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First Hawaiian eyes eventual moves to return more capital to investors


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First Hawaiian eyes eventual moves to return more capital to investors

When First Hawaiian Inc. went public last year, it set in motion a multistep process for its French parent, BNP Paribas SA, to reduce its ownership of the Honolulu-based bank, to put it on a path toward local autonomy and, potentially, heightened capital returns to investors.

While the ultimate timing of BNP's further exit moves depends on decisions at that company's corporate offices in Paris, top First Hawaiian executives, speaking at a Goldman Sachs conference in New York on Dec. 6, said they are examining ways in which their company can step up capital returns beyond an already healthy dividend payout ratio of more than 50%.

First Hawaiian is "looking at various options," Chairman and CEO Robert Harrison said, notably including share buybacks and, perhaps, a special dividend. He said feedback from investors points to those two possibilities as the most favored. "We really view ourselves as a steady capital return story," he added.

First Hawaiian completed its IPO in August of last year. After the IPO and an additional stock sale early this year, BNP still holds a stake in First Hawaiian that tops 60%.

Analyst Jared Shaw of Wells Fargo Securities said in an interview that, ultimately, new capital-return moves must await regulators' and auditors' subjective determination that BNP's ownership level has dropped low enough that First Hawaiian would no longer qualify as a notable source of financial strength for the French company. Shaw estimated that level at around 20% to 25%.

When that happens, Shaw thinks First Hawaiian's financial strength will support the return of more capital.

Of note, Shaw said, the Honolulu bank will see its costs rise some when BNP meets the lower ownership threshold, as BNP will no longer have to reimburse First Hawaiian for certain expenses linked to supporting the parent company, such as managers' work to help BNP comply with U.S. regulators' requirements for annual big-bank capital plans.

But Shaw noted that First Hawaiian's strong profitability should enable it to continue to produce earnings-generated capital and provide it the ability to buy back shares or issue a special dividend. From his conversations with First Hawaiian executives, he said: "I think they feel there is and will be excess capital."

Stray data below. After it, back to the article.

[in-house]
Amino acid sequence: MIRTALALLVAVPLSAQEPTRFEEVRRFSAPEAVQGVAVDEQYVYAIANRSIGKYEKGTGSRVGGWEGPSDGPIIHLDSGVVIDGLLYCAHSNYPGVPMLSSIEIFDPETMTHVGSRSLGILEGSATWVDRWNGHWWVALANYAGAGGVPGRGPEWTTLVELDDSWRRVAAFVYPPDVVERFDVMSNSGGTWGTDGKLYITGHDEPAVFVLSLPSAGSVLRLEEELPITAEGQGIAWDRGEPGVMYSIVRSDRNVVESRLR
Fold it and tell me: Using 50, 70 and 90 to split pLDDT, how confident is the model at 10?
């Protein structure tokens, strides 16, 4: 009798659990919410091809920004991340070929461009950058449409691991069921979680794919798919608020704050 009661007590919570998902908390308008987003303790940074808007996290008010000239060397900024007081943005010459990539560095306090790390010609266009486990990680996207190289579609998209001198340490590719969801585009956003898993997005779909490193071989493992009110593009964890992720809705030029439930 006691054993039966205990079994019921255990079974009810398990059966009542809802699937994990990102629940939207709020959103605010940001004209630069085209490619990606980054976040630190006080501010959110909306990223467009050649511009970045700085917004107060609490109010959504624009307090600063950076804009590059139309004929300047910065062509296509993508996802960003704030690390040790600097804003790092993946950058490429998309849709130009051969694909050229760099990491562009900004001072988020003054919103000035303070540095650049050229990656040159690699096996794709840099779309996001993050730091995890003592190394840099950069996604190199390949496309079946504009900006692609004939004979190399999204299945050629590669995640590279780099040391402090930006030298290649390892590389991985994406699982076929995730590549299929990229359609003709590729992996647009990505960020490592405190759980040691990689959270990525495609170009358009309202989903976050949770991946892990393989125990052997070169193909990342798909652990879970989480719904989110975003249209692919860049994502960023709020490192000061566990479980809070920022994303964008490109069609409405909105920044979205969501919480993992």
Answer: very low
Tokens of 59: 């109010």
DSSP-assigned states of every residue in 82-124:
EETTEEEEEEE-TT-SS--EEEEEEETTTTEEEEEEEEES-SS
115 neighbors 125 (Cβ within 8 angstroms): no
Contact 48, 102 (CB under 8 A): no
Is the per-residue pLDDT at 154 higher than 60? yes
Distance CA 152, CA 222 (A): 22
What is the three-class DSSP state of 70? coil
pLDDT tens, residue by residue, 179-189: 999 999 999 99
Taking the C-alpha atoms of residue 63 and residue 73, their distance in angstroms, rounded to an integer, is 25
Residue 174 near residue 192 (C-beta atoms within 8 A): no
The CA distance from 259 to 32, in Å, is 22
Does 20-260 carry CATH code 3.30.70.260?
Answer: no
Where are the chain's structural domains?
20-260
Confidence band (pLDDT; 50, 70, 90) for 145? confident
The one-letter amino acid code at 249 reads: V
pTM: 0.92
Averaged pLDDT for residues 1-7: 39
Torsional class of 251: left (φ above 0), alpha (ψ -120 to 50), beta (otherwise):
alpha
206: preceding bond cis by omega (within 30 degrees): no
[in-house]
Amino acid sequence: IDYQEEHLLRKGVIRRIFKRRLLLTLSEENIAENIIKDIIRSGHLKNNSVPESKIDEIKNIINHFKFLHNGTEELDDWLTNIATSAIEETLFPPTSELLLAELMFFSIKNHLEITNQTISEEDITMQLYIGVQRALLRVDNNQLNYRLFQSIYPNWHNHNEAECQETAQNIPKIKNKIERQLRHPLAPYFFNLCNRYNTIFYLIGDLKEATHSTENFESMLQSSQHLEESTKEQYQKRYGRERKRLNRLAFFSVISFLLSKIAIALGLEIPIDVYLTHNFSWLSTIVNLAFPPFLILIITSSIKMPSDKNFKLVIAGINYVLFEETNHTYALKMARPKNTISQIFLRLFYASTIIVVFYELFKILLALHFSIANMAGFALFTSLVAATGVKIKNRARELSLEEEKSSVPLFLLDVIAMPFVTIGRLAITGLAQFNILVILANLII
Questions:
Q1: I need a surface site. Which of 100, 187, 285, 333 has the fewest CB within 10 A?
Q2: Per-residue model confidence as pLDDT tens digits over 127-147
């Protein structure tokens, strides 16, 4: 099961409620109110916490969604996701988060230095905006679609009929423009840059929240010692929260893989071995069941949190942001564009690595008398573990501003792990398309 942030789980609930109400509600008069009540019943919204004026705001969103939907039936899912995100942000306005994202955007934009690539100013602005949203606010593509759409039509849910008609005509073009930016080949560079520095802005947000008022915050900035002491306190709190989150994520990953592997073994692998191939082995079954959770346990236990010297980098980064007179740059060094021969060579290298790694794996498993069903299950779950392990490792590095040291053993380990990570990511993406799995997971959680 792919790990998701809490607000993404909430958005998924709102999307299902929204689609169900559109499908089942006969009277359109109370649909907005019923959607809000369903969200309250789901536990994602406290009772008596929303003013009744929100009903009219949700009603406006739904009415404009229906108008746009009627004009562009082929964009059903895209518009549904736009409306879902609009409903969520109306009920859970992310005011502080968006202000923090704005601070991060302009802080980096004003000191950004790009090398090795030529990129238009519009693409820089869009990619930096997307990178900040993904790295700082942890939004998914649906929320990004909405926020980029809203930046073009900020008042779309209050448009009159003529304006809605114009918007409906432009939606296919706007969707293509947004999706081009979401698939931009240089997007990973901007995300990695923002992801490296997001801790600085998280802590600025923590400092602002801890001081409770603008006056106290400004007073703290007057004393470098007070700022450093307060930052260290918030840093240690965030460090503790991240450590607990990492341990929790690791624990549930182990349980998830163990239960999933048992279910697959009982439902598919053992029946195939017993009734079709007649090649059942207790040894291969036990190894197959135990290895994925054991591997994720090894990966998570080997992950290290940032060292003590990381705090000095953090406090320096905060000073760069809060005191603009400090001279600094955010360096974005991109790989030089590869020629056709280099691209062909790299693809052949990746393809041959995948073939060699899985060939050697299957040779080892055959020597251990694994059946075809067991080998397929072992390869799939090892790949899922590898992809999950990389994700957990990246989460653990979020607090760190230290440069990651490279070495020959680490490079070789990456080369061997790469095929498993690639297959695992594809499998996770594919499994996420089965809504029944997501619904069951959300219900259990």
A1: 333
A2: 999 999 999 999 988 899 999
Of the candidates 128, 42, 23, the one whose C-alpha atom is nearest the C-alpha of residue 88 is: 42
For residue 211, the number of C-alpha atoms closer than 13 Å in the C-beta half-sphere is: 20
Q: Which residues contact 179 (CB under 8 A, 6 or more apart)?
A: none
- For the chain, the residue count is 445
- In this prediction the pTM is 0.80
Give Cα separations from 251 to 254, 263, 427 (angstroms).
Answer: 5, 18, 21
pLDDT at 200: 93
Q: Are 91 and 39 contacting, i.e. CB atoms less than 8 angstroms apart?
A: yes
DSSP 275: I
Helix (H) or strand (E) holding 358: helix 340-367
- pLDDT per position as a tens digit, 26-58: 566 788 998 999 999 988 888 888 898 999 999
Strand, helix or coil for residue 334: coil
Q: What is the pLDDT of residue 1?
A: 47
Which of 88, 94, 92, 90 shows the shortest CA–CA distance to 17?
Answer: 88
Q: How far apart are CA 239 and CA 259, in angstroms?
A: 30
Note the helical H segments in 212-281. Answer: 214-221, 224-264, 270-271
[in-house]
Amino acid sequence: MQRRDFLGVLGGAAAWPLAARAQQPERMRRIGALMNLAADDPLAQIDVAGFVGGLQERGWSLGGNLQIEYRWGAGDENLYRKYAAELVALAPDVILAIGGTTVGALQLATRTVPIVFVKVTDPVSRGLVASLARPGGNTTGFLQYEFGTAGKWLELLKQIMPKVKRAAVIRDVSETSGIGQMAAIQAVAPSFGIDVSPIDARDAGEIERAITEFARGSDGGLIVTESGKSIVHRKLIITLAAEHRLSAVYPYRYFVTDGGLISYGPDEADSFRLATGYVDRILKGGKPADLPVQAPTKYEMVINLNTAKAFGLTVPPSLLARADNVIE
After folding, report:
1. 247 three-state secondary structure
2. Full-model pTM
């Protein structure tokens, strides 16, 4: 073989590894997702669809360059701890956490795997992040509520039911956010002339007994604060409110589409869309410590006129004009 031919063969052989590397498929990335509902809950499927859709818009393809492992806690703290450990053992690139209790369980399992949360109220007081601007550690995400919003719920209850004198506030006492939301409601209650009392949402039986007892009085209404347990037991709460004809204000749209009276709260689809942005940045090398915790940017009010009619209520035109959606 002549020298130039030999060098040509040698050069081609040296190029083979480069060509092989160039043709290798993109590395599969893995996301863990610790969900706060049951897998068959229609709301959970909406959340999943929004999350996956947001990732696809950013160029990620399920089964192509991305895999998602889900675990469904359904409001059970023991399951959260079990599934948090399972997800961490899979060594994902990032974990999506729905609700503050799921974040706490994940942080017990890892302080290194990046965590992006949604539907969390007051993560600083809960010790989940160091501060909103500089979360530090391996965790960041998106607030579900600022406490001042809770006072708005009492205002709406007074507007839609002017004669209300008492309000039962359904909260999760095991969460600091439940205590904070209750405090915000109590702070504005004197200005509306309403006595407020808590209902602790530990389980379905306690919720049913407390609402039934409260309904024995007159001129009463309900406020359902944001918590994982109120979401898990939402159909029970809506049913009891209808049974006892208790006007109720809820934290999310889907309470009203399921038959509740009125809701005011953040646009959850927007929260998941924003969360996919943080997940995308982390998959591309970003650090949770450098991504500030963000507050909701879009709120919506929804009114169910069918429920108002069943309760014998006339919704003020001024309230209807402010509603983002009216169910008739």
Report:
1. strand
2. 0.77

For the third quarter, for example, First Hawaiian reported a common equity Tier 1 capital to risk-weighted assets ratio of 12.71%, nearly double the 6.5% that it needs to remain above for regulators to consider it well-capitalized.

Earnings for the third quarter were strong as well, and executives say the bank's home-base Hawaiian economy remains strong and stable.

First Hawaiian, which has more than $20 billion in assets and is the largest bank based in the islands state, posted third-quarter net income of $58.4 million, or 42 cents per share, up from $53.2 million, or 38 cents per share, a year earlier.

Total loans and leases of $12.1 billion were up 6.6% from the third quarter of 2016. Net interest income of $133.3 million was up by $10.6 million.

Hawaii's tourism-driven economy has and continues to grow and generate loan demand, executives said, and a strong labor market shows no signs of weakening. The state jobless rate has consistently hovered below 3%.

According to a report last week from the Hawaii Tourism Authority, through the first 10 months of 2017, the number of visitors to the islands climbed 4.7% from the same period a year earlier. Visitor spending climbed 6.8%.

Bank of Hawaii Corp., the second-largest bank in the state, reported similarly strong third-quarter results, and its chief executive, too, remains upbeat on the operating environment.

Bank of Hawaii reported third-quarter net income of $45.9 million, or $1.08 per share, up from $43.5 million, or $1.02, a year earlier. That bank, also based on Honolulu, said loans and leases totaled nearly $9.6 billion at the close of the third quarter, up $879.9 million from a year earlier. Net interest income increased $12.3 million to $119.2 million.

"Conditions here remain strong," Bank of Hawaii Chairman, President and CEO Peter Ho said in an interview following the latest earnings report. "I don't see threats to that."